Development of Olympic venues draws many bidders December 16, 2006

Posted by grhomeboy in Architecture Greece, Athens 2004 Olympics.
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Three contracts already signed, with four more tenders under way

Officials at Olympic Properties SA are quite satisfied with the progress achieved in the sale of Olympic venues for development, as three tenders have been concluded, while four more are in progress.

Olympic Properties was set up to develop all the venues used for the 2004 Athens Olympics except for the main Olympic complex, the Peace and Friendship indoor arena and the soccer venues.

Olympic Properties’ management is also satisfied with the interest expressed by private investors, making for competitive tenders and satisfactory bids. Real estate companies have been at the forefront of the bidding, a fact explained by the prime location of Olympic venues.

Olympic Properties’ commitment to deliver the properties to private developers free of any legal claims or conflicts with town-planning regulations makes its portfolio even more attractive to private developers.

“Competitive tenders began in July 2005. During these months, with seven tenders having begun, and some completed, I think we are on schedule. We conducted the tenders as fast as we could. In this respect, we are happy with developments so far,” Olympic Properties’ President Christos Hajiemmanouil said.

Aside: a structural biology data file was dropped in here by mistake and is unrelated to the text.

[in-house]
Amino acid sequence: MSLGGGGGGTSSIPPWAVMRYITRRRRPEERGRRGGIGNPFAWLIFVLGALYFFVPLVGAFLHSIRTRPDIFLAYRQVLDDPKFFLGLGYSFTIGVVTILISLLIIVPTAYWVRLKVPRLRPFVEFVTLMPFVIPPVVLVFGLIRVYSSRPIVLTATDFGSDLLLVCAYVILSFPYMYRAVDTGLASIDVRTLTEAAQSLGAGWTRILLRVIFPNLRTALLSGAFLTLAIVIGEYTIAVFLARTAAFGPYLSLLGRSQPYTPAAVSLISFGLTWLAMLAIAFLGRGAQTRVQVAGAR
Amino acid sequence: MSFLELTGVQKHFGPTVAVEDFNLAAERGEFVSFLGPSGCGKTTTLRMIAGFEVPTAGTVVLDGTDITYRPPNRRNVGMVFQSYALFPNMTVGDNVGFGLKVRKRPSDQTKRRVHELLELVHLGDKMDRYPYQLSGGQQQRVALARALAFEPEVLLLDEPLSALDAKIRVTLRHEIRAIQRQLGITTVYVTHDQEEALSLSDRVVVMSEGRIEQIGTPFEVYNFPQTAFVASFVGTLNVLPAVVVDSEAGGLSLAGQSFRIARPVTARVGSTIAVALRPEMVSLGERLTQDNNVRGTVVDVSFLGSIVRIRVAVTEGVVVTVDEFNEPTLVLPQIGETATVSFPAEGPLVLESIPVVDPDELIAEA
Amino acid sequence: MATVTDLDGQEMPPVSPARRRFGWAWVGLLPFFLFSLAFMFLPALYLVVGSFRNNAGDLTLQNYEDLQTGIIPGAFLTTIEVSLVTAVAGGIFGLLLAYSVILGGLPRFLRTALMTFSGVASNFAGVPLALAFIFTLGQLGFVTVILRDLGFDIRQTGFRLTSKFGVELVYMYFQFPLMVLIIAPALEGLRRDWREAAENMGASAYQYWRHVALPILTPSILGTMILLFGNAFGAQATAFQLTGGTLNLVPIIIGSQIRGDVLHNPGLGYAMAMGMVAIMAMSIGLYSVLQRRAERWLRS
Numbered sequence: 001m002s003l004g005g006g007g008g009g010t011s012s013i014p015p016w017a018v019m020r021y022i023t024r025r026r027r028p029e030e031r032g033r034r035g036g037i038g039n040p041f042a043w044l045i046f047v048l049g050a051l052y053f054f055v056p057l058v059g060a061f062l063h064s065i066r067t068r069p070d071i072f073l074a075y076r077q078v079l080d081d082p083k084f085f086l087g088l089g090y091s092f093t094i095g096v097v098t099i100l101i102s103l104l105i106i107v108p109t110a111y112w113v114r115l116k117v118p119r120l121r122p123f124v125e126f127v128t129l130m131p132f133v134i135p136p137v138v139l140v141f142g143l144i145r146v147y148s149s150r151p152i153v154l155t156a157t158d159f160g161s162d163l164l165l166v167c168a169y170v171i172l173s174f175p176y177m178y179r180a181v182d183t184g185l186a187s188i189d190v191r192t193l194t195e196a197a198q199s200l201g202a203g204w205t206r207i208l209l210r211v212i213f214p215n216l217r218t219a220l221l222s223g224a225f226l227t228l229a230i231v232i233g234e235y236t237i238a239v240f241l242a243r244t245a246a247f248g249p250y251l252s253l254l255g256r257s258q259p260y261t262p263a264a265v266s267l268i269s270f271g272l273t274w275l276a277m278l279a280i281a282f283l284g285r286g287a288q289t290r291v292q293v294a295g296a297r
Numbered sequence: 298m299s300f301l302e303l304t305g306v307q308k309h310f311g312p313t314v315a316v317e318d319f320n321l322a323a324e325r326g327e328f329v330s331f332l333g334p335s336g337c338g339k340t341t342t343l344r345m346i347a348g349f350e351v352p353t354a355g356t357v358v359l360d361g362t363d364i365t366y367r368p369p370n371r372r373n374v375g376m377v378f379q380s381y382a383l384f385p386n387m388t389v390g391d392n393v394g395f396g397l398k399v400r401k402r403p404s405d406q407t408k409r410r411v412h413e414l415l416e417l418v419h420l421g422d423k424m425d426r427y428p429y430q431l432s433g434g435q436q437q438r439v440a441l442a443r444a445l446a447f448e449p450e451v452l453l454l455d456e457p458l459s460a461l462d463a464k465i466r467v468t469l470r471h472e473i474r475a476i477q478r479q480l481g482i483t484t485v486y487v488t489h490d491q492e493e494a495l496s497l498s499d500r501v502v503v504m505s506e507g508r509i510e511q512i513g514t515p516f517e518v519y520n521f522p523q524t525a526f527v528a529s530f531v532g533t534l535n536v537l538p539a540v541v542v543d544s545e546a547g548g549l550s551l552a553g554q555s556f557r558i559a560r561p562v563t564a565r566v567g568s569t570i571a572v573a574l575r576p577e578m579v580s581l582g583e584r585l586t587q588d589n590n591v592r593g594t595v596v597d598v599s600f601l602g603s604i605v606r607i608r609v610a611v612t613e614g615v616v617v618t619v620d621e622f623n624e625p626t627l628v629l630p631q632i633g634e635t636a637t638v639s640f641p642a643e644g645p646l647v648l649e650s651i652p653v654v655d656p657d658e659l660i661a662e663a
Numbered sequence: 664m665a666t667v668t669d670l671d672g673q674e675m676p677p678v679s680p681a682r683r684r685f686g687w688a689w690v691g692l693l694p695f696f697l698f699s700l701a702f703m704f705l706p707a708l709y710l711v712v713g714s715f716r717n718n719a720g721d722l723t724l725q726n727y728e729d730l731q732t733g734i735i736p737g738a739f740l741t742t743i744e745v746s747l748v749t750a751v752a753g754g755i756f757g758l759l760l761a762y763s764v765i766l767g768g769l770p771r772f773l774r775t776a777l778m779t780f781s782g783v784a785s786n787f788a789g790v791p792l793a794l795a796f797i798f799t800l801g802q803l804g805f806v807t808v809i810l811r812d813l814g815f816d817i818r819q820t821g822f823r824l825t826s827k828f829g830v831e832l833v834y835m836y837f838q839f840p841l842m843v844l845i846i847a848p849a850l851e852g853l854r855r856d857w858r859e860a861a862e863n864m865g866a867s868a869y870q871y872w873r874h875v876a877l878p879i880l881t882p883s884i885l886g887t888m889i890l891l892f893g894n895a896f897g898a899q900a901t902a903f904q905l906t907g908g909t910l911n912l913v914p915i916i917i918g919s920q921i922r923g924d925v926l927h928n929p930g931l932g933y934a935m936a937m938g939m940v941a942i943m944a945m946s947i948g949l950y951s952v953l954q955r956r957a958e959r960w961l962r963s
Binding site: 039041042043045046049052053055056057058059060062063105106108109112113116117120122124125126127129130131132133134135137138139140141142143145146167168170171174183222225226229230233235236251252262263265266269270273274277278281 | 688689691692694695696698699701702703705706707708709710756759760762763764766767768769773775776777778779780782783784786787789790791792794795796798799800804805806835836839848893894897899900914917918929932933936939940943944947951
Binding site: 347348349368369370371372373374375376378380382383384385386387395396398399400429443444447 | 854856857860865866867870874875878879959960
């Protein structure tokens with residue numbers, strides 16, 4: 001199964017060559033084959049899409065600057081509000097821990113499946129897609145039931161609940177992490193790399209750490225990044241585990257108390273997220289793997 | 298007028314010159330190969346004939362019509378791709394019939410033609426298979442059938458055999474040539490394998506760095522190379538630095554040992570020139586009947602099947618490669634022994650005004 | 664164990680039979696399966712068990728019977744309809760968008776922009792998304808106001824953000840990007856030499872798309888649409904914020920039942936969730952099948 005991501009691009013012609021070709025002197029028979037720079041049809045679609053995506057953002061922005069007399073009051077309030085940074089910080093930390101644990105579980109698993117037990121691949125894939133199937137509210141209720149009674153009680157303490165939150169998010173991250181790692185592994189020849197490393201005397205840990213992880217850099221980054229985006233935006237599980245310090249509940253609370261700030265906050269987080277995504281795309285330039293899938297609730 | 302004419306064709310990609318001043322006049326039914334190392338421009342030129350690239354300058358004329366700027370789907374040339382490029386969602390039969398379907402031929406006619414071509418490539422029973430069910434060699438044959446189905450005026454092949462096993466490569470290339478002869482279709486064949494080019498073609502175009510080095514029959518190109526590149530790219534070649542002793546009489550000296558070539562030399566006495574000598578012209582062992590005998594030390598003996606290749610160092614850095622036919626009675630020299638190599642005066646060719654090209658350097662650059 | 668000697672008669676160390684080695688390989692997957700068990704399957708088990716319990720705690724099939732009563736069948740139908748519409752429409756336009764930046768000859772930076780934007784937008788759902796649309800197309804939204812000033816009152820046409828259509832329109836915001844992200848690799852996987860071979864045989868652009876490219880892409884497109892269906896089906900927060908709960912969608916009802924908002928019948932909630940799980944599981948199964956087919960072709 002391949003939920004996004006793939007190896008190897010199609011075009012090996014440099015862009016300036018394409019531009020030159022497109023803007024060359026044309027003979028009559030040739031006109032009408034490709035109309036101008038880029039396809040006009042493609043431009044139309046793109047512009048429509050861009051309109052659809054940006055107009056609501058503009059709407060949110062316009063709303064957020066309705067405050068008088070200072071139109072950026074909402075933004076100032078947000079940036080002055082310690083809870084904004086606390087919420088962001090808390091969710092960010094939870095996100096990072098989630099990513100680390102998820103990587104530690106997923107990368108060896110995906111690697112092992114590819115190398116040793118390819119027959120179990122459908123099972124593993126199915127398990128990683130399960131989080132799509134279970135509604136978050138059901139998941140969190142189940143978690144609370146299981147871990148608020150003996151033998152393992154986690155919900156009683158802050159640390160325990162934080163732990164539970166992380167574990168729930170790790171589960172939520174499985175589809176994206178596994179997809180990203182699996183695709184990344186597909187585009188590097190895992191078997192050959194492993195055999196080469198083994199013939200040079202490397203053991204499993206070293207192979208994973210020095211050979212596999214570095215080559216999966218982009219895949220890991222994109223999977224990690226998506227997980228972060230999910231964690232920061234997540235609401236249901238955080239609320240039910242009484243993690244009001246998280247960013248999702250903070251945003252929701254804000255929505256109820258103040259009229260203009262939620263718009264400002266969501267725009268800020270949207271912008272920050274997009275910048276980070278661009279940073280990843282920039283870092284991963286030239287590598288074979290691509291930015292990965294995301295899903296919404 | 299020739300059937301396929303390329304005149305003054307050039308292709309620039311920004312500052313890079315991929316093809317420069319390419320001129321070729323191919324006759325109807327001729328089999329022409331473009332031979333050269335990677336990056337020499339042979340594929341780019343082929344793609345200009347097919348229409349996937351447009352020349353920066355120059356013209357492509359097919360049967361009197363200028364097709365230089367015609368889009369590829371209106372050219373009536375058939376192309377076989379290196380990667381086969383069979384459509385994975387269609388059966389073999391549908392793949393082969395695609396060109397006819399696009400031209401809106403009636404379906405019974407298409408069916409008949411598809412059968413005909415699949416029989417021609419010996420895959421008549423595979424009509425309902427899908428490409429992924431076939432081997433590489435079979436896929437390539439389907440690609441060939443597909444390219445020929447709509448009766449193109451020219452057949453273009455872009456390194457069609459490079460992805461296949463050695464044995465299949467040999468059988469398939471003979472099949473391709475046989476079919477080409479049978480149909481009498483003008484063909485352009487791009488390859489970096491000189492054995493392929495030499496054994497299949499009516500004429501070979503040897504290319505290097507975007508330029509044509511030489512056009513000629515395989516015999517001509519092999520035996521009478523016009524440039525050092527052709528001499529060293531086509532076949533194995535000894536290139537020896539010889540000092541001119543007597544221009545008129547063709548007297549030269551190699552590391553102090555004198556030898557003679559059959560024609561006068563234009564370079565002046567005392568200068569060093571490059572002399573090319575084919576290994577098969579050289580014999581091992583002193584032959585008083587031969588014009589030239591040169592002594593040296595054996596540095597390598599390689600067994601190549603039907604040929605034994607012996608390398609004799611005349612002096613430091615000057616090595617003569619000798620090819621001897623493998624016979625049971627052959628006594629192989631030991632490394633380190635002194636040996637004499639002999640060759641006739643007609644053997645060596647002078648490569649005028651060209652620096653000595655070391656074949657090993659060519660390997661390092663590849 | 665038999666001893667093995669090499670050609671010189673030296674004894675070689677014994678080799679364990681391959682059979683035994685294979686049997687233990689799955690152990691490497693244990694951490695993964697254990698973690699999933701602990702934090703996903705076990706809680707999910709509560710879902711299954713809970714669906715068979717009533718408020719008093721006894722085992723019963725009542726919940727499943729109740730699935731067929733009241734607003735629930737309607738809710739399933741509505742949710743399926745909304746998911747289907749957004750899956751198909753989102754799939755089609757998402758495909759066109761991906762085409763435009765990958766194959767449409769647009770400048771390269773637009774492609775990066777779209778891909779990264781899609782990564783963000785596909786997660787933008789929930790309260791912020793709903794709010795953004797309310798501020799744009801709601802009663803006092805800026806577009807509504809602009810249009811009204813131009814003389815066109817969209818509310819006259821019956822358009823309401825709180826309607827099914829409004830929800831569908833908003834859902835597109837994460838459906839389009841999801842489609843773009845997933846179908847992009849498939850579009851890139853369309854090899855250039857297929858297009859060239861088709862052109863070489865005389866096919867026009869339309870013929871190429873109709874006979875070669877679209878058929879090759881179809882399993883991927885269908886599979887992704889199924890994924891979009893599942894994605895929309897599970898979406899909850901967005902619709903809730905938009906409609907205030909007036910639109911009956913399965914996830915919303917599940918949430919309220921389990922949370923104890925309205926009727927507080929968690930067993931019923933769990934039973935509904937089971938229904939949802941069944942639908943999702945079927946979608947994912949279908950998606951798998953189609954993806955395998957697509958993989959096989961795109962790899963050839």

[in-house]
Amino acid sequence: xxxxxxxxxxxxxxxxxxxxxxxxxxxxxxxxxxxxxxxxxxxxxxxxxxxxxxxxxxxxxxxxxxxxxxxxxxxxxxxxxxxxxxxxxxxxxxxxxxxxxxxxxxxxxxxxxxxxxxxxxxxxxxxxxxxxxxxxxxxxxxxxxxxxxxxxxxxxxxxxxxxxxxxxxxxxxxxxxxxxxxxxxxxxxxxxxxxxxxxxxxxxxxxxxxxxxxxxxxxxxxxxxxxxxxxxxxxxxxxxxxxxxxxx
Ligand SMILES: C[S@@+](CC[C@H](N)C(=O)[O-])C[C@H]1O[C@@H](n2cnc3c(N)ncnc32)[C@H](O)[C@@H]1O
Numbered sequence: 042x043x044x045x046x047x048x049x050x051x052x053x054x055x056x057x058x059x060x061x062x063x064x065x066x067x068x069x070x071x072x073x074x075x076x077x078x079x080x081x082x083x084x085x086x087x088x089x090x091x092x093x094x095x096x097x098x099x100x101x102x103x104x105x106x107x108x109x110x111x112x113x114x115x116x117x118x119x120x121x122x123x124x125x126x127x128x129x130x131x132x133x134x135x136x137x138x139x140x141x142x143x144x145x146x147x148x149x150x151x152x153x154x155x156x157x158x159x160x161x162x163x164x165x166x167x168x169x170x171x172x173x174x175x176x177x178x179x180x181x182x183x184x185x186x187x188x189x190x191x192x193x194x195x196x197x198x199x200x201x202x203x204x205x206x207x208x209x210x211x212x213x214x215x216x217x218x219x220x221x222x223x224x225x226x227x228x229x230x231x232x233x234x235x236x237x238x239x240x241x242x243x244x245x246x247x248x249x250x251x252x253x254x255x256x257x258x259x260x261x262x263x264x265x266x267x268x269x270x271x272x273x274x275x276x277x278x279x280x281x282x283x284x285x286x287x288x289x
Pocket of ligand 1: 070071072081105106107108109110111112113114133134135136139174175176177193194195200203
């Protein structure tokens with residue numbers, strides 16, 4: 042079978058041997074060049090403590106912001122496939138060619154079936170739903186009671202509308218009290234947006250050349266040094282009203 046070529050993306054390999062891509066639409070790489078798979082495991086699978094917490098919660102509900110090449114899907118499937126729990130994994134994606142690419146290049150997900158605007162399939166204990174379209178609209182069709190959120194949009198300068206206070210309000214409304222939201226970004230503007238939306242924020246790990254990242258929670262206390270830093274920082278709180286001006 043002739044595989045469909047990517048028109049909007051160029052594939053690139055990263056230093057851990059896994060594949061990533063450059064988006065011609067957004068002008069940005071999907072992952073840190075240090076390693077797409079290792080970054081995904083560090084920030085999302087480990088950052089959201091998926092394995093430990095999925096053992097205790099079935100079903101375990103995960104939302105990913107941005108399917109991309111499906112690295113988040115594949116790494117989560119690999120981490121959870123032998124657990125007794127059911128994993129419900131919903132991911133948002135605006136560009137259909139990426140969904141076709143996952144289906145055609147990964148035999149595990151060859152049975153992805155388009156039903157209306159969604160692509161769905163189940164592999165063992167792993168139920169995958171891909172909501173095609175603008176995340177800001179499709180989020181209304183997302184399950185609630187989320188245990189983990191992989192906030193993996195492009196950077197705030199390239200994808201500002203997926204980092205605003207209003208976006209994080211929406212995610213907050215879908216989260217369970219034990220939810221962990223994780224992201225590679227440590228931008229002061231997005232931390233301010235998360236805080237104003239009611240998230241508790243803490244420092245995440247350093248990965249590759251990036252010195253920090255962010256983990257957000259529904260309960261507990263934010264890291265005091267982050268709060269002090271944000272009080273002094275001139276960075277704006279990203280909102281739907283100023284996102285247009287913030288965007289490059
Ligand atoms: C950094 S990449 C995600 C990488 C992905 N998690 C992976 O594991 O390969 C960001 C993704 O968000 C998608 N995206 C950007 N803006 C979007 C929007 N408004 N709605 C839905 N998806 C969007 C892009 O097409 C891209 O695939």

Beach Volley: The tender for the seaside venue that hosted one of the Games’ most popular events is at its first stage, in which interested bidders have been invited to express interest, but not binding bids. The interested parties are three Greece-based groups (Village Roadshow Operations Hellas, the Everest/ATESE consortium and the GEK/J&P Avax/Vioter consortium and France’s Altarea and SEPI groups).

However, a recent agreement between the Ministry of Environment, Physical Planning and Public Works and the Municipality of Kallithea for the transfer to the latter of a nearby playground and buildings means that the tender must be called anew. The new call for expressions of interest will be published on January 8.

Sailing center: The installation at Aghios Cosmas is being leased for 35-40 years. The tender is at its final stage with the submission of binding offers by five bidders (Intrakat, Hellenic Technodomiki, Acropol Haragionis, Lambert Smith Hampton; Sirius Technical Commercial Industrial Auto Stations Development Company; the S.CAPE consortium made up of J&P Avax, GEK, Vioter SA and Autodynamiki; Aegaion Oil, Hellenic Environmental Center Oil Residue Management and Processing Company, Majestic Marine Company, Oceanic Cruise Corp, Gantzoulas Technical Co, Pantechniki; Waterfront SA).